Yesterday DrMrA and I took the girls to a neighboring major city to go see ‘The Nutcracker’, which was lovely. Of course there was a lot of arguing before we left about whether or not it would be appropriate to wear athletic attire (shorts!) into the ballet- BigA pretty much won’t wear anything else. She’s about to be 11 and oh MAN- she’s doing teenagerdom early. Both kids enjoyed the ballet- LittleA with eyes big as saucers and Julia-Roberts-pretty-woman type enthusiastic clapping after every dance, and BigA playing the big sister role explaining the story in the upcoming sections. Did I mention that I really, REALLY enjoy the time we spend together as a family, all four of us in the same place simultaneously. These times are frighteningly rare.
During the regular work week, we are barely all together except between the hours of 6-6:30 am, and then again after 8 pm, and even this doesn’t usually hold. As most of you know we are a two-TT-academic career couple, and the time demands of this are very difficult. How do we make this work? Well, the answer is that we try to get through each day one at a time, and there is a healthy give and take about hours spent working between the two of us adults. We sort of split up the schedule, so that one person leaves very early in the morning and comes home by 6 pm, to let the babysitter (who does the after school care) go home. The one of us that drops off the children at school- and is the one who gets to work late (that would be by 8 am, because the children have to be at school at 7:40)- also works late into the evening… and this can mean 9-10 pm on a regular basis, and during grant times even later. We tend to rotate days working late- on Sunday we will talk about the schedule and see who has what coming up that might require working evenings- and then we divide up the days from there. Weekends are divided based on who has a grant going on. Now I make it sound like things are evenly split 50/50 all the time. That’s really not true, there are times when one person has the bulk of the non-8-5 hours. When DrMrA has a grant deadline coming up- I tend to do the drop-off and pick-up… so I’ve got an 8-5 day every day in those weeks, and vice versa when I’m the one with the grant. I haven’t even mentioned what happens when one of the children is sick.
This schedule is the reason why taking breaks together as a family without any distractions and planning having as normal a family life as possible on a regular basis is unbelievably important. To this end we do the following …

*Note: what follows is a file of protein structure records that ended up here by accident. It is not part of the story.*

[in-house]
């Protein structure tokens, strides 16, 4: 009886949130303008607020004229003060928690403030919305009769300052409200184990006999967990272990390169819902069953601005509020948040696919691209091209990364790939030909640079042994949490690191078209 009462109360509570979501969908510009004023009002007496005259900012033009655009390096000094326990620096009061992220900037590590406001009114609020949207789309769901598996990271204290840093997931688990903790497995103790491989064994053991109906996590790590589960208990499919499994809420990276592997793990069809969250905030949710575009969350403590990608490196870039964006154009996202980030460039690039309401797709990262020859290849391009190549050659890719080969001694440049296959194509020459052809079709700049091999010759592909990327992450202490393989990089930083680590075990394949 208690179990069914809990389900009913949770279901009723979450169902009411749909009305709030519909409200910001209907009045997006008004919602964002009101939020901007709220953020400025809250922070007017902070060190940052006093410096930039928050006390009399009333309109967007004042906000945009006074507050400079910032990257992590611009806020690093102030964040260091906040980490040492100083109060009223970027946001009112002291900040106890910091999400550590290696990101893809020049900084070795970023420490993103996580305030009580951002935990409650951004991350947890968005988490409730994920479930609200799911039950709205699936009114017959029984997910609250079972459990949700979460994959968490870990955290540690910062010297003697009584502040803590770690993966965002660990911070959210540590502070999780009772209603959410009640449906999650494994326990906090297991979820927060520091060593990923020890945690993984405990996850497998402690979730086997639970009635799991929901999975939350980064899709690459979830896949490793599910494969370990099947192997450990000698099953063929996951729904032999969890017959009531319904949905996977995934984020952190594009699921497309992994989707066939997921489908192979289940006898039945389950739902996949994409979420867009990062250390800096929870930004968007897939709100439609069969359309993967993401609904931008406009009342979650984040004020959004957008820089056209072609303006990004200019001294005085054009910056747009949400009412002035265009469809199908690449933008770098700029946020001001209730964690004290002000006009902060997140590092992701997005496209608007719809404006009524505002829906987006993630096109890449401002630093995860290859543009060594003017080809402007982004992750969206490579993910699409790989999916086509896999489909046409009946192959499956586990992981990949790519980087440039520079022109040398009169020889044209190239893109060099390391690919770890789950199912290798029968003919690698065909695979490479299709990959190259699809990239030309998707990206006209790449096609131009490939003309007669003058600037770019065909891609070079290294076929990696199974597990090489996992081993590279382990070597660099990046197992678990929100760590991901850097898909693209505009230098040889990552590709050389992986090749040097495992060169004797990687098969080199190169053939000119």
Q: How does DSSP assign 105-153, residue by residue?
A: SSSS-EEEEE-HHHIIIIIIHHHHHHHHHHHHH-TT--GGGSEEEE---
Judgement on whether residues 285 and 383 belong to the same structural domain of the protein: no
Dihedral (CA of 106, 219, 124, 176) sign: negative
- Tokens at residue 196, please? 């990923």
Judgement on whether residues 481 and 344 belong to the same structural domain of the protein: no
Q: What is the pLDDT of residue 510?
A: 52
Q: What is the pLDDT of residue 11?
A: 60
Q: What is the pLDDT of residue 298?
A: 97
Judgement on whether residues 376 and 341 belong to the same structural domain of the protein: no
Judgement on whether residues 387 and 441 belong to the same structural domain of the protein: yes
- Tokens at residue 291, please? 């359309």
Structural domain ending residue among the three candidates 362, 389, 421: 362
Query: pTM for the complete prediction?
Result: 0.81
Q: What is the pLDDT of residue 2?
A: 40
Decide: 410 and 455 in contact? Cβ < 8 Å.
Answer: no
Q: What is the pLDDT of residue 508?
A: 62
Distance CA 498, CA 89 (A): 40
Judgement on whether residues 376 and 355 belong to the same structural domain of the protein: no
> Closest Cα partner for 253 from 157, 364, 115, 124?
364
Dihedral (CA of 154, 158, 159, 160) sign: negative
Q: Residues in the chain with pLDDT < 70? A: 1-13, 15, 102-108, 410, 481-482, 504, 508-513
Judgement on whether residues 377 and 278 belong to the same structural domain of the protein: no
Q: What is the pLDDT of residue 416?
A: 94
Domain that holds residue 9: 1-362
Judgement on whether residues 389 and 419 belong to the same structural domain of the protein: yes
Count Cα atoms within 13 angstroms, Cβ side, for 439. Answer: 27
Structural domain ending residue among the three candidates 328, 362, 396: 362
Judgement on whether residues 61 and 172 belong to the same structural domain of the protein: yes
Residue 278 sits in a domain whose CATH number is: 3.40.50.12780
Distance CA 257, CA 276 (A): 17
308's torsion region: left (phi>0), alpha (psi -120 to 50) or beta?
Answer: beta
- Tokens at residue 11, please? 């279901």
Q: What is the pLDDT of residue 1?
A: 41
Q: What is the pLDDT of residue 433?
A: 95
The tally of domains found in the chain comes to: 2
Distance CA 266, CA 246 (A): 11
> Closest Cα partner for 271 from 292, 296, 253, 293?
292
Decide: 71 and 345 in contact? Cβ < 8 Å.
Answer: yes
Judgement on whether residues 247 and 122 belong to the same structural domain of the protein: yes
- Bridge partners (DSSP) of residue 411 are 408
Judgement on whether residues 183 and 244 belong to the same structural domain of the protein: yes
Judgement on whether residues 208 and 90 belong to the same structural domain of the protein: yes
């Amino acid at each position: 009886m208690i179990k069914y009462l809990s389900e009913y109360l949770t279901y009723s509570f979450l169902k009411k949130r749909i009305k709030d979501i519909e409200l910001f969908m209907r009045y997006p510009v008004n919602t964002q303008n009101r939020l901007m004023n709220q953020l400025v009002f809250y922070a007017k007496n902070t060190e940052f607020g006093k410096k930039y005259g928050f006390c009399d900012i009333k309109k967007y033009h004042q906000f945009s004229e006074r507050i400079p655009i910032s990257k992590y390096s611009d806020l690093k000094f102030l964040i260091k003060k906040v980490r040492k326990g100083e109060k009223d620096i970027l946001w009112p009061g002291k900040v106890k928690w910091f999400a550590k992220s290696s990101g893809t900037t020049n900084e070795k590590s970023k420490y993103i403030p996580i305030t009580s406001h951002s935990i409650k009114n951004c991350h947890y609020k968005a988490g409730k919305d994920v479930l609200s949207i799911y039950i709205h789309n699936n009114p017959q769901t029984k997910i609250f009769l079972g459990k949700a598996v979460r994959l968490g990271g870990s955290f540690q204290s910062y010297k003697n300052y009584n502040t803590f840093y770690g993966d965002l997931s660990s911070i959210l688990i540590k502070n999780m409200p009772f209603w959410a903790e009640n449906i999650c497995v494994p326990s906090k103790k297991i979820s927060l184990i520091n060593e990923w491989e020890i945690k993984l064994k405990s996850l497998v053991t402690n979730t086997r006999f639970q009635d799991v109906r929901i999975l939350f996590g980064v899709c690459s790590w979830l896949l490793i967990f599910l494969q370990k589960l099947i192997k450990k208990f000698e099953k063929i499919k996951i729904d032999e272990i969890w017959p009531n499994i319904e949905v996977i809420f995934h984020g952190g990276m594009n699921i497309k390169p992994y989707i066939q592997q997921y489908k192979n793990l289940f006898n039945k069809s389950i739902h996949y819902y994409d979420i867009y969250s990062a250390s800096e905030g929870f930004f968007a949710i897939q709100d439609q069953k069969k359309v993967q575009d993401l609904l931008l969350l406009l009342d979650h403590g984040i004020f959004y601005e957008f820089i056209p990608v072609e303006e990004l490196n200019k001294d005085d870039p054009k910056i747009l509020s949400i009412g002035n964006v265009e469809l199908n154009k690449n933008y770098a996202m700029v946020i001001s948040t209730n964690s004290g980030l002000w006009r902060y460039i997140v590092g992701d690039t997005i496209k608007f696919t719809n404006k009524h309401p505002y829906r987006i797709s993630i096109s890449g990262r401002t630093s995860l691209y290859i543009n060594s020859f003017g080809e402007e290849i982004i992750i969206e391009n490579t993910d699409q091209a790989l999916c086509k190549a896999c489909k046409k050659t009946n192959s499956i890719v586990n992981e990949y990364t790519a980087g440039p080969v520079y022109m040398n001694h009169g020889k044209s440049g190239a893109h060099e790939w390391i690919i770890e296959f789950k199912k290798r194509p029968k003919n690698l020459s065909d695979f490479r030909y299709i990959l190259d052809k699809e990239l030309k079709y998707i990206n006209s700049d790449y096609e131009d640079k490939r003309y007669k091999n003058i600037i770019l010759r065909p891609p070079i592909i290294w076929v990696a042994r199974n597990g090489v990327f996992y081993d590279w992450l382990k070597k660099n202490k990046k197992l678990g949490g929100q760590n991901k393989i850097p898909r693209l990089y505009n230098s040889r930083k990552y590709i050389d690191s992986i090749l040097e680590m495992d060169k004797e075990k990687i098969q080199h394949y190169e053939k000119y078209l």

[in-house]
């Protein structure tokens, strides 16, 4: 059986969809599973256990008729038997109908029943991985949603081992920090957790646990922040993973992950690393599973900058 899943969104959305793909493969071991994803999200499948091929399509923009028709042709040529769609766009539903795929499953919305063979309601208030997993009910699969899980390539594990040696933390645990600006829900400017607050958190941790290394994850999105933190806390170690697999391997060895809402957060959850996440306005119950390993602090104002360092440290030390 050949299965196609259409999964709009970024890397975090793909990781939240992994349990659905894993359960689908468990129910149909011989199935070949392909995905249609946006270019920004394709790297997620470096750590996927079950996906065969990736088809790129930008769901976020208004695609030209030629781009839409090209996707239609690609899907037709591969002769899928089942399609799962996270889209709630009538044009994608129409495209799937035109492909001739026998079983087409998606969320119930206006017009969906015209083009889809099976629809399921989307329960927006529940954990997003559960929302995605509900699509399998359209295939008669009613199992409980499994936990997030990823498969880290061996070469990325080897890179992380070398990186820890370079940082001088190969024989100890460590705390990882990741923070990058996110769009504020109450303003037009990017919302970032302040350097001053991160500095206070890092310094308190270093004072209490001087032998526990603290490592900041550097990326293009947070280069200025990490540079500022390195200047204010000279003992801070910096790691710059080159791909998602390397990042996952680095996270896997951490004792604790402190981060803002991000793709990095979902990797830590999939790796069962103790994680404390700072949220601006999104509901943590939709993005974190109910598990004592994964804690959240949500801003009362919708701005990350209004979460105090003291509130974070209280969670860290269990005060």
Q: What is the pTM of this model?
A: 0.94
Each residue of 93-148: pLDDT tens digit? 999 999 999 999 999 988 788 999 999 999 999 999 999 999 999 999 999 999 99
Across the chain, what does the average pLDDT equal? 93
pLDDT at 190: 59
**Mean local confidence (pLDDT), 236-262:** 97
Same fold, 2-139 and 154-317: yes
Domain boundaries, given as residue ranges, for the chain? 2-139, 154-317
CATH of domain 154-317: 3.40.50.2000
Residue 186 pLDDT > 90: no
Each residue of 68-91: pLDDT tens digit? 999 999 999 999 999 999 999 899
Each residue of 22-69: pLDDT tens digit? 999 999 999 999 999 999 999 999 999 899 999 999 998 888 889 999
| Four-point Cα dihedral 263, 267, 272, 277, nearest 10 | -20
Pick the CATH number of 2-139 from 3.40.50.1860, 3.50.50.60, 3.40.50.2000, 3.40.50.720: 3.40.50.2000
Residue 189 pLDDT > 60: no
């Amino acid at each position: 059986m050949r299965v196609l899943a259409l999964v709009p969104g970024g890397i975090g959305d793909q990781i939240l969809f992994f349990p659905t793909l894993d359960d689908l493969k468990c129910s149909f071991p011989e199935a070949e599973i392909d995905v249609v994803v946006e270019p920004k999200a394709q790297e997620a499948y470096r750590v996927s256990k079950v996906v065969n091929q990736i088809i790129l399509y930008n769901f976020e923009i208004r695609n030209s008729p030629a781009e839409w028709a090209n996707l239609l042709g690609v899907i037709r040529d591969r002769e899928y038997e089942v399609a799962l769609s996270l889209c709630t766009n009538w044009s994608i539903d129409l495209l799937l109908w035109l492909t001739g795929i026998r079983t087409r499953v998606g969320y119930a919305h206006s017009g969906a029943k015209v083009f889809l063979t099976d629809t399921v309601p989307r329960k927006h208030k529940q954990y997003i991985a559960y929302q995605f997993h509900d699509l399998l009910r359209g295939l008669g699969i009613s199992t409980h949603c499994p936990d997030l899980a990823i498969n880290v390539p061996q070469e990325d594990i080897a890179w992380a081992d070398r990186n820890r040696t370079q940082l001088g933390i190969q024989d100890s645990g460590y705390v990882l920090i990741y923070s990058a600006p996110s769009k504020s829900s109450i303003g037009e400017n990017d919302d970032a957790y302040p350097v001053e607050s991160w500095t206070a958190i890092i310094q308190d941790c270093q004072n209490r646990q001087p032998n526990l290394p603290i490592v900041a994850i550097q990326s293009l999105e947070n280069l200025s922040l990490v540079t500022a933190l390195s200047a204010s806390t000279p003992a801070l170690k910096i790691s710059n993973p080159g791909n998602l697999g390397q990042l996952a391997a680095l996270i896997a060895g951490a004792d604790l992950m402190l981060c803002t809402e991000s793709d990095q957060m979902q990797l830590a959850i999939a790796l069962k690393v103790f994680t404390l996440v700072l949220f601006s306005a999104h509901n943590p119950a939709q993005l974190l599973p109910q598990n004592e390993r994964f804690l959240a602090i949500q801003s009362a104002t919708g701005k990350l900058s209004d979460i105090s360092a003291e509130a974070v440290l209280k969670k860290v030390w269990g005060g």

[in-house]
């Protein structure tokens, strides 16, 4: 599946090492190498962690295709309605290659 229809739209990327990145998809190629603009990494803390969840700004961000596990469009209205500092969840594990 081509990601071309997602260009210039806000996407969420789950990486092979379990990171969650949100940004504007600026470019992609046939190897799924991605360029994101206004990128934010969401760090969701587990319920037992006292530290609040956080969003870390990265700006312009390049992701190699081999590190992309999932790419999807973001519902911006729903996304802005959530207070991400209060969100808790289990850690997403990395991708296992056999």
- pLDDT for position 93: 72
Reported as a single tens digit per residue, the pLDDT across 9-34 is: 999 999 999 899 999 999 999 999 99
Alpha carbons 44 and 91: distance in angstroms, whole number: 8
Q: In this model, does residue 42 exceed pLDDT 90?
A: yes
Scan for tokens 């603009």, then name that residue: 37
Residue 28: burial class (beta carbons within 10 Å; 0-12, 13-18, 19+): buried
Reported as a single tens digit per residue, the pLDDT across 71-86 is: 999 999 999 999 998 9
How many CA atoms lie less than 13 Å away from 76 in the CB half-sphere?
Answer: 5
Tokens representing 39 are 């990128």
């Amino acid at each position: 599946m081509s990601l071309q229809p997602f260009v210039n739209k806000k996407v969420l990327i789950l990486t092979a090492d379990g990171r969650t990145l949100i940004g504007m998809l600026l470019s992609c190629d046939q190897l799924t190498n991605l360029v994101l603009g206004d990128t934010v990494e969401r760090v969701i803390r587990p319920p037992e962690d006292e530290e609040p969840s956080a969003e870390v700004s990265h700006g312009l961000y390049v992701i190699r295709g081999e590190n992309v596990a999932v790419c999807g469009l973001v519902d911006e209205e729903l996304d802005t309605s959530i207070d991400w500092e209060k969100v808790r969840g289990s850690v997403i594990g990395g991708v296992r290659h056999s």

1. In the summer we take a rather lengthy vacation- 3 weeks usually, to a far away place- and LAPTOPS ARE NOT ALLOWED. I warn all my collaborators in advance that I am going away, they know when I’ll be back, and they are threatened within an inch of their lives not to bother me.
2. At the traditional holidays – Thanksgiving and Christmas- we try NOT to travel. I decided shortly after we had children, that those in my family who did not have young children would be the ones who would do the traveling at these times. I want to be in my own home, and establish my own traditions with my kids- so that they will remember something other than packing/unpacking and slogging through crowded airports at the holidays. BigA actually told me this year that one of her favorite things about Thanksgiving was staying at home.
3. We take short breaks together and travel at other times. This year we didn’t have our lengthy vacation- but we took the children on 4 shorter trips (Mexico, Boston, and California) throughout the year.
4. We severely limit the number of activities outside of school time that the children do. Last year two simultaneous soccer seasons and music lessons almost killed me. I think it is fine to do this once in a while- but I can’t sustain this semester after semester without help. So- we will do sports but with breaks- i.e. not every semester… Last year we had 2 practices per week per child plus 1-2 games..which means 4 nights per week eating dinner in the car, and up to 3 soccer games on Saturdays- I’m not even counting how we got to violin and piano.
5. We hire help. You probably remember that at the beginning of the summer I decided to hire a college student to watch the children- we did this for the summer, but we also have someone who picks them up from school, takes them home to to homework and music practice- and takes them to music lessons. This means that when one of us gets home, the kids and parent can make dinner together, and can sit down and eat together at a table like normal people. I highly recommend this approach if you can find a reliable, responsible college student to help out- it has worked very well for us.
I think before I started my TT position I thought that work-life balance would be a daily thing. I have changed my opinion of this drastically- and now see that this work-life balance is something we have to actively promote- and it comes almost unpredictably sometimes 100% in favor of work, and sometimes 100% in favor of play- and the rest of the time spent somewhere in between for both. And when things aren’t working out for some reason, we re-evaluate and make changes…